Monday, January 6, 2014

CRM Online vs. CRM On Premise

The CRM Online platform has really come along way over the years coming closer and closer to its on premise counterpart. There is however one aspect which poses significantly more challenges than the on premise version. Specifically this is the limitation that the CRM online data cannot be accessed directly via SQL.

This limitation typically impacts the following two fairly common-place requirements:

1. Reporting

For CRM Online you are forced to use FetchXML to retrieve data rather than SQL. And while most report requirements can be satisfied using this technology it requires a little more effort than standard SQL reporting. Frankly, it is far easier to construct a query in SQL than FetchXML and the comparative difficulty between the constructs only increases with increasing complexity of the query required (or you can break the report down differently to avoid more complex query requirements when using FetchXML - "tricks" you wouldn't normally need to consider when using straight SQL). And of course for a complex reporting requirement, FetchXML may not be flexible enough to extract the data in the way that is required making it necessary to perhaps "flatten" the data using plugins or using a tool such as Scribe Replication Services before reporting against. This as compared to on premise reporting where you can use techniques such as dynamic SQL where the sky is really the limit.

2. Bulk Updates

In the on premise version of CRM, you have the ability to easily make bulk updates to your data. Though running direct SQL updates is officially "frowned" upon by Microsoft, this is done as a form of CYA. Allow me to explain - the integrity of the CRM database is maintained via the web services business layer. The minute someone is allowed to "tamper" with the underlying data directly all havoc can break loose. There simply is no way to protect against someone who is intent on corrupting the database. Not that anyone will do that intentionally of course but someone who is insufficiently knowledgeable in SQL and/or the CRM database may unwittingly introduce "problems" by trying their hand at SQL. And Microsoft of course cannot control who would be performing such updates so therefore they issue a blanket statement saying that the direct updates to the CRM database is unsupported (I once had the rather amusing case with Microsoft support where the resolution required running a script that they provided with a cautionary note that direct SQL updates are not supported - in the same email!).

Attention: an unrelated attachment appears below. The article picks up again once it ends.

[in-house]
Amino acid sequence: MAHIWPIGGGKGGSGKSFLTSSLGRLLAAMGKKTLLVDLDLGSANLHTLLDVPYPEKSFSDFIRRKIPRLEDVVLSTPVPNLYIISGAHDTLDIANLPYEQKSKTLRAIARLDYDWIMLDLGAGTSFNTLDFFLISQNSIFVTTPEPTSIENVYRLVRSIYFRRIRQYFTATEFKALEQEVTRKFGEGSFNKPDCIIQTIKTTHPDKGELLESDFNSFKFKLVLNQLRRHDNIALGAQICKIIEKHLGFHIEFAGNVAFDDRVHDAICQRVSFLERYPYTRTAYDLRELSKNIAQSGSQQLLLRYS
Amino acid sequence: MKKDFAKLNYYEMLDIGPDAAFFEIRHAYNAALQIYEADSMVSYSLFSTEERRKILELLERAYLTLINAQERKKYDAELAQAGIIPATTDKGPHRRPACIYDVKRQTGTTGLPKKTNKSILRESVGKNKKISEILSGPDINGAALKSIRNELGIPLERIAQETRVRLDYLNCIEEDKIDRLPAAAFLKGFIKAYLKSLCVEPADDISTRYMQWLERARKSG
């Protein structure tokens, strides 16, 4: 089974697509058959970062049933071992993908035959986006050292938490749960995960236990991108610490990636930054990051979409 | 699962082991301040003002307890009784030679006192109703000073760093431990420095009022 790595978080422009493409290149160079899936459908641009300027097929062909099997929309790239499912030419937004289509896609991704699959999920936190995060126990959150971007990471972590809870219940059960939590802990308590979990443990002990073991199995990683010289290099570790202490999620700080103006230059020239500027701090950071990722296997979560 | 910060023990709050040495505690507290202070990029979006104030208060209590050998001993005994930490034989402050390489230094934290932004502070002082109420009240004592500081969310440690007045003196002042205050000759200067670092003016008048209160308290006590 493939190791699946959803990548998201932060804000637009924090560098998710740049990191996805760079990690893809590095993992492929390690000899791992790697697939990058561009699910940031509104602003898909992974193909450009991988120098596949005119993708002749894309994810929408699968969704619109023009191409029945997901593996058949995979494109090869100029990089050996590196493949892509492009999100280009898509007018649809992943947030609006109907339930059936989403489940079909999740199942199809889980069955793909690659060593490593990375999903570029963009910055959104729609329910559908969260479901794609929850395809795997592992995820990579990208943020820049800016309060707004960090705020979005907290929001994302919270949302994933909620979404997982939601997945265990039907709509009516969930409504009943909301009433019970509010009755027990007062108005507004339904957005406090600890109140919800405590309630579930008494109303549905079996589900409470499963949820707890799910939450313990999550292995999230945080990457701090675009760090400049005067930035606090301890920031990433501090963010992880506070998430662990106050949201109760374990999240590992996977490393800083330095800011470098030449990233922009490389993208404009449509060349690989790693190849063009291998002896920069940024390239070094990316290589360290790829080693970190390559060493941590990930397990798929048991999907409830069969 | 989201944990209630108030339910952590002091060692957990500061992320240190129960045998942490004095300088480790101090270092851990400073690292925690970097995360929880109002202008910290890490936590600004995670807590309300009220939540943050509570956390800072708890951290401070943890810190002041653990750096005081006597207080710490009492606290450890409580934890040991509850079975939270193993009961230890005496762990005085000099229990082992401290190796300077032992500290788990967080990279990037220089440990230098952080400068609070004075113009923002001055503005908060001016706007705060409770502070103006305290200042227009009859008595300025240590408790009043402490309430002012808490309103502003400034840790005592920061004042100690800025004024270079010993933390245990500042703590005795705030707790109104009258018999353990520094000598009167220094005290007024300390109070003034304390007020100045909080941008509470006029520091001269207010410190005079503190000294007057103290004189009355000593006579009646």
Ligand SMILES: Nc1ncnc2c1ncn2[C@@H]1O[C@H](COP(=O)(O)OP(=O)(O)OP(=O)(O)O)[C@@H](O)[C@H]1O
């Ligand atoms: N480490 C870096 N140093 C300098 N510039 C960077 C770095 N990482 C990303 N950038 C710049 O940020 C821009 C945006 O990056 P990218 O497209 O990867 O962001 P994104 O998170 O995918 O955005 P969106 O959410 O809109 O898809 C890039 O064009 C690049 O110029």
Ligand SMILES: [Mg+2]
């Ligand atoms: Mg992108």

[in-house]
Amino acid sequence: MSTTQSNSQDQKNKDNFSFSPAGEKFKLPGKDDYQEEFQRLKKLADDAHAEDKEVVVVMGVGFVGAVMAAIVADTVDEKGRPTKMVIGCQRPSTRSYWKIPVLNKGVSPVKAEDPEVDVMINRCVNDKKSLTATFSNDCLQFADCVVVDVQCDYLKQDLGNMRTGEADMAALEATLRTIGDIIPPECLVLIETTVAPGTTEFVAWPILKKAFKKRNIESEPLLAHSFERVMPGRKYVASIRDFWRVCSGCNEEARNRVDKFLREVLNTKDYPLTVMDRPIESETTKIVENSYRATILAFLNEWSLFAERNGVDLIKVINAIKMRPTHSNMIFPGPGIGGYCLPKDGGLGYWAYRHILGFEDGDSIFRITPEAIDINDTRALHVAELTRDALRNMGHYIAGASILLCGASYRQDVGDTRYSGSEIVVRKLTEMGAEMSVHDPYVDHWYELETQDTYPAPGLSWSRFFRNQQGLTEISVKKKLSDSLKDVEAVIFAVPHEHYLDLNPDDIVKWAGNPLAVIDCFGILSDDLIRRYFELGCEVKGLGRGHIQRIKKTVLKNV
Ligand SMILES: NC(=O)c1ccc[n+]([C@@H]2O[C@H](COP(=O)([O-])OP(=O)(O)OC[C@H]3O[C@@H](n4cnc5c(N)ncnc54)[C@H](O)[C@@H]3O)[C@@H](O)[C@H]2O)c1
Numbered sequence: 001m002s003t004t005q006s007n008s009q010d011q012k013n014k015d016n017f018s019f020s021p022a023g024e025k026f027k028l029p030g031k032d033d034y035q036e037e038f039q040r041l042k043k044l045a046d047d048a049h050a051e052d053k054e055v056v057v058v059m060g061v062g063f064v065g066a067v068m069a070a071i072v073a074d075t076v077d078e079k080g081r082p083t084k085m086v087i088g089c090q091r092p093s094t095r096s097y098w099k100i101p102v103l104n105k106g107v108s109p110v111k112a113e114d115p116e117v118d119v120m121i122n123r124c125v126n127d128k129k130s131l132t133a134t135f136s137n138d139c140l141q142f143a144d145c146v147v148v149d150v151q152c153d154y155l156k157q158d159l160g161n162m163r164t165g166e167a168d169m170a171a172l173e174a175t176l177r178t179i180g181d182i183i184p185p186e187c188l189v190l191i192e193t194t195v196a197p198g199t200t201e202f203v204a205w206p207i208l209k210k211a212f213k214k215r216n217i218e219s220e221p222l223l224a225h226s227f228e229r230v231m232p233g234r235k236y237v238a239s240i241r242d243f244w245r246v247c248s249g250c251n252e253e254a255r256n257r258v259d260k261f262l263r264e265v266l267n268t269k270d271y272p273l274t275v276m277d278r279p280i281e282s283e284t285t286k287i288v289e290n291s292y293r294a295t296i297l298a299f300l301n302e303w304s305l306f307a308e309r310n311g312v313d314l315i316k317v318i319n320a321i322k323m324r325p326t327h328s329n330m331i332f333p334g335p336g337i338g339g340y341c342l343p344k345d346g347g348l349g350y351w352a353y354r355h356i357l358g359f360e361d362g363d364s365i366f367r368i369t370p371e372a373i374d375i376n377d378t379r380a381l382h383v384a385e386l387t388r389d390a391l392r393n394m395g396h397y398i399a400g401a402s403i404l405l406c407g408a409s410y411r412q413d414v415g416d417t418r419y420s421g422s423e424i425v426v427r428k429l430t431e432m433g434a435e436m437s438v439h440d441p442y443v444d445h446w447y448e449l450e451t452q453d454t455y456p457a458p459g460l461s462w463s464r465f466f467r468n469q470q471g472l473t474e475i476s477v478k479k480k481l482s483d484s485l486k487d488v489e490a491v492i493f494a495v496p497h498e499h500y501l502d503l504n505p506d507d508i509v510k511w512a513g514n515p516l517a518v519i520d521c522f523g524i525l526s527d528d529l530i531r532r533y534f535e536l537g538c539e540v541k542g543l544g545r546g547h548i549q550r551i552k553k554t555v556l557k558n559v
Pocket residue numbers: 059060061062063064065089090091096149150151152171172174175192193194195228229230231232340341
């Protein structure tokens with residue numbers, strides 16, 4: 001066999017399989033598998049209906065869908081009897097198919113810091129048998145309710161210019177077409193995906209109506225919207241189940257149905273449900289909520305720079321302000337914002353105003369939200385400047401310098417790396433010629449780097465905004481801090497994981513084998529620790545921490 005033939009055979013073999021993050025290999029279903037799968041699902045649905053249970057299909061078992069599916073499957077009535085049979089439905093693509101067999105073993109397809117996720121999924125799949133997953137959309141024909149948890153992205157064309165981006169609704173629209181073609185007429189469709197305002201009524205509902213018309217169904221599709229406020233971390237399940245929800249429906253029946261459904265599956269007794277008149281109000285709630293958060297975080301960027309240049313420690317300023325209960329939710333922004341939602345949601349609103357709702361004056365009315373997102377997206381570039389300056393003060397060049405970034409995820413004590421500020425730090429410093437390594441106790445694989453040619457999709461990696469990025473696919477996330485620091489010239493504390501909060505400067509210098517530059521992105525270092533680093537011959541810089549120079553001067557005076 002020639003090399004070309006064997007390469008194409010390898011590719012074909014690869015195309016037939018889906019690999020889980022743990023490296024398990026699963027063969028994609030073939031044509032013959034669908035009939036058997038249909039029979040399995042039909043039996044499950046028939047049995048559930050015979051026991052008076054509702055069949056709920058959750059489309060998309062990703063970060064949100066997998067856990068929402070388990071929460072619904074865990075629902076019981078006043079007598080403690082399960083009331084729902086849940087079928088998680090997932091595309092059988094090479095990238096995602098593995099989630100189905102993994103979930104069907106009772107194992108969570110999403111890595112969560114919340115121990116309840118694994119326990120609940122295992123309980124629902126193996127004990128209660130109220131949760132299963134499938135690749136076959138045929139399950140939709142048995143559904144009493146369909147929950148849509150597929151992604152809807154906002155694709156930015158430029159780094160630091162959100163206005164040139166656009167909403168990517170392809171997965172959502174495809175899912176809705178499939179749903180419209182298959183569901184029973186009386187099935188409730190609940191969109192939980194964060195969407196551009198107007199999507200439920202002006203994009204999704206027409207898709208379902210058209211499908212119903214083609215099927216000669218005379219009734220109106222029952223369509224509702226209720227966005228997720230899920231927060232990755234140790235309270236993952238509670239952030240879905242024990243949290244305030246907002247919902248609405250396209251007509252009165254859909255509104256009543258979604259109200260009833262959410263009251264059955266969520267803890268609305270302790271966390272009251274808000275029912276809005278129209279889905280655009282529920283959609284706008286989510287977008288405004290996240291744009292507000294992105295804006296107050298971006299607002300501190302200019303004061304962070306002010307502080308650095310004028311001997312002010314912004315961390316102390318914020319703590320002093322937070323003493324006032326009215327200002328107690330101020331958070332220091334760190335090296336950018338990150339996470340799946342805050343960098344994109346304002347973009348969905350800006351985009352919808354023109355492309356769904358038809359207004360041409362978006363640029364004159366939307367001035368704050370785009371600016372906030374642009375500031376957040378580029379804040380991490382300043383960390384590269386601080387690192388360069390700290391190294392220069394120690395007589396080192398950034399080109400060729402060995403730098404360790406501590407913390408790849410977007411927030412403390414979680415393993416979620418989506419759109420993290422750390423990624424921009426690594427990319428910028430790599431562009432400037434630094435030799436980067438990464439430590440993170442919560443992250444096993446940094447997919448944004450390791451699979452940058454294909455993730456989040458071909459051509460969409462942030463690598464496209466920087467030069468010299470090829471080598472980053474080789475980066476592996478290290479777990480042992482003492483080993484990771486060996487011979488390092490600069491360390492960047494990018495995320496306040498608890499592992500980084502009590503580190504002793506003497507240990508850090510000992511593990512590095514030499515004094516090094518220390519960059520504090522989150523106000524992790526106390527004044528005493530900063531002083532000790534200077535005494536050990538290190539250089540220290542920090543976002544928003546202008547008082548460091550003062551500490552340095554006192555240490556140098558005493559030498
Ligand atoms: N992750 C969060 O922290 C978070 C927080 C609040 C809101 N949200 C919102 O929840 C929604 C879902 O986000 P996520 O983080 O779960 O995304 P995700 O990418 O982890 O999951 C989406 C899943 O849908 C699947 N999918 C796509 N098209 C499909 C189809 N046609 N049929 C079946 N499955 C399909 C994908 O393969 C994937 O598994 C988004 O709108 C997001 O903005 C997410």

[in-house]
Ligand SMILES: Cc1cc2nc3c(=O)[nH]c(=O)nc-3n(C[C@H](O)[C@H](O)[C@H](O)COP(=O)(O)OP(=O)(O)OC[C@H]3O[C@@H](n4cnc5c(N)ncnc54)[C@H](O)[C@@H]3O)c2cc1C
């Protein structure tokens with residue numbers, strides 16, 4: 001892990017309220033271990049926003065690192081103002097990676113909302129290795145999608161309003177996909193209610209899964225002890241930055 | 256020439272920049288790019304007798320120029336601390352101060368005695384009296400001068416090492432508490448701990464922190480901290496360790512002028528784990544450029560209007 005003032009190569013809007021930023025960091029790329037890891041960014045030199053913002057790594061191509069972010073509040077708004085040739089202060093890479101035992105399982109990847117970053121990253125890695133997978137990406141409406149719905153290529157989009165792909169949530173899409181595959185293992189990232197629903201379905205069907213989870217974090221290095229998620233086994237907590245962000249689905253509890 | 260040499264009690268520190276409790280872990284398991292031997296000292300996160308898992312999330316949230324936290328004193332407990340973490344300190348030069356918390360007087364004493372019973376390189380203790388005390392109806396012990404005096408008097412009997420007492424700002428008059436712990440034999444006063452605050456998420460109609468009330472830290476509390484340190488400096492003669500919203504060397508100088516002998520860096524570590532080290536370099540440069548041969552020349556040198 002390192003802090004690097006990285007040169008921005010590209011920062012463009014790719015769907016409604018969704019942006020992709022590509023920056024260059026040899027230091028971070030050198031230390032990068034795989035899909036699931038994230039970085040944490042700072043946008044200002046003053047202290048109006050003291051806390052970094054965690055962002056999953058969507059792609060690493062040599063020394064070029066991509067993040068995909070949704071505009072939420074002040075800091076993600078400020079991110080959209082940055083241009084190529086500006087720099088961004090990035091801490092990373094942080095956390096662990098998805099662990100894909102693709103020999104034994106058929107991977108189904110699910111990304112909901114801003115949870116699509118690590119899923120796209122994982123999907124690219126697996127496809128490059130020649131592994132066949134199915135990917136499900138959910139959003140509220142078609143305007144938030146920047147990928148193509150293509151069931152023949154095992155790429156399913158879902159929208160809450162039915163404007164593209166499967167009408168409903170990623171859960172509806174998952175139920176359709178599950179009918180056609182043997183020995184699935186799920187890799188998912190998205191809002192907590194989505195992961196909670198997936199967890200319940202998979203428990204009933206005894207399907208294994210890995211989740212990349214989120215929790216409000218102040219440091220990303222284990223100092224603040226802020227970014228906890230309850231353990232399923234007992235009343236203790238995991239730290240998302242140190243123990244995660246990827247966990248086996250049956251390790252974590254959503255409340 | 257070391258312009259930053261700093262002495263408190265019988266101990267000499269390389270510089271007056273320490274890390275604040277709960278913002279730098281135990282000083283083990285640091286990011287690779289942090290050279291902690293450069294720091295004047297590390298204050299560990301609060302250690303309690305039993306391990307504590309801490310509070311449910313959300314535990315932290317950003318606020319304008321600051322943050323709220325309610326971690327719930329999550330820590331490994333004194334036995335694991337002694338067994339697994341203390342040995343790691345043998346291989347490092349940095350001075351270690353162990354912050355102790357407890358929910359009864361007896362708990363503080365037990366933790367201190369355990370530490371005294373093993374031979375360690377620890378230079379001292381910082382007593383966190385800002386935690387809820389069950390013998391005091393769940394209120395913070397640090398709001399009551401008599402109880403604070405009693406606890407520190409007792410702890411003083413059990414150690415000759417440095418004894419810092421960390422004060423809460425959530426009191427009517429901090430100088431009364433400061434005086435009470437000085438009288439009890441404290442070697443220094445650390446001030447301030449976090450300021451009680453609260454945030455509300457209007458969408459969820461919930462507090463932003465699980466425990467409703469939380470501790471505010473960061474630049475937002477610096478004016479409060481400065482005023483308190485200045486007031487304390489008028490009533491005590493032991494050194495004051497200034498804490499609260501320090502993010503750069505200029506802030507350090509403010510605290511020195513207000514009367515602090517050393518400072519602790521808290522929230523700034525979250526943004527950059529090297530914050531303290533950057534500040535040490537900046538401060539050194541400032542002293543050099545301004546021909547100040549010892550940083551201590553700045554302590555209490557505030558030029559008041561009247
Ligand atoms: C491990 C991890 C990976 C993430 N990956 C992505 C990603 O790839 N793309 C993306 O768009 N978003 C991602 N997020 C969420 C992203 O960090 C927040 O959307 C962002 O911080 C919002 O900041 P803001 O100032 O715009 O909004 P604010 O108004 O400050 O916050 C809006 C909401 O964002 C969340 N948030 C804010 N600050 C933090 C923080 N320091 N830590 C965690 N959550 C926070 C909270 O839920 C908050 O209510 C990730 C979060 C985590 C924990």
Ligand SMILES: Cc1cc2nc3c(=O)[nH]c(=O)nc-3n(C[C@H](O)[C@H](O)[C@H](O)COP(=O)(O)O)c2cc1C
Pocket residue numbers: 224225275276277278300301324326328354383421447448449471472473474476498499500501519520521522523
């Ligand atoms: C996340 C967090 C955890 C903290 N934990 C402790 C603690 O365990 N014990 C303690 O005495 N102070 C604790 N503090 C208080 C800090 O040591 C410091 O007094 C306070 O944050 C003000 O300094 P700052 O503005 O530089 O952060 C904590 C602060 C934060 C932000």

However if you are sufficiently knowledgeable and take the necessary cautionary measures - it is difficult to argue against performing direct SQL updates with a straight face. The first reason is due to the relative ease that such updates can be constructed and run. And the second and often more valid reason is due to the speed in which it will be applied. If you need to run an update in a table with millions of rows - the difference will be between a few minutes and potentially a few days via web service.

Please don't get me wrong - I am not at all down on the CRM Online option. In fact, I think it is actually a pretty amazing platform and has some significant upsides from the on premise version - especially for smaller companies where the playing field is levelled in that they also have access to an enterprise level strategic software solution at a very affordable price and without the necessity of having their infrastructure and/or IT department. The barrier to entry was significantly lowered when CRM first offered its online solution. However, when evaluating the merits of going on premise vs. online for a given company's requirements - I would definitely factor in the above against the stated long term requirements of the undertaking.

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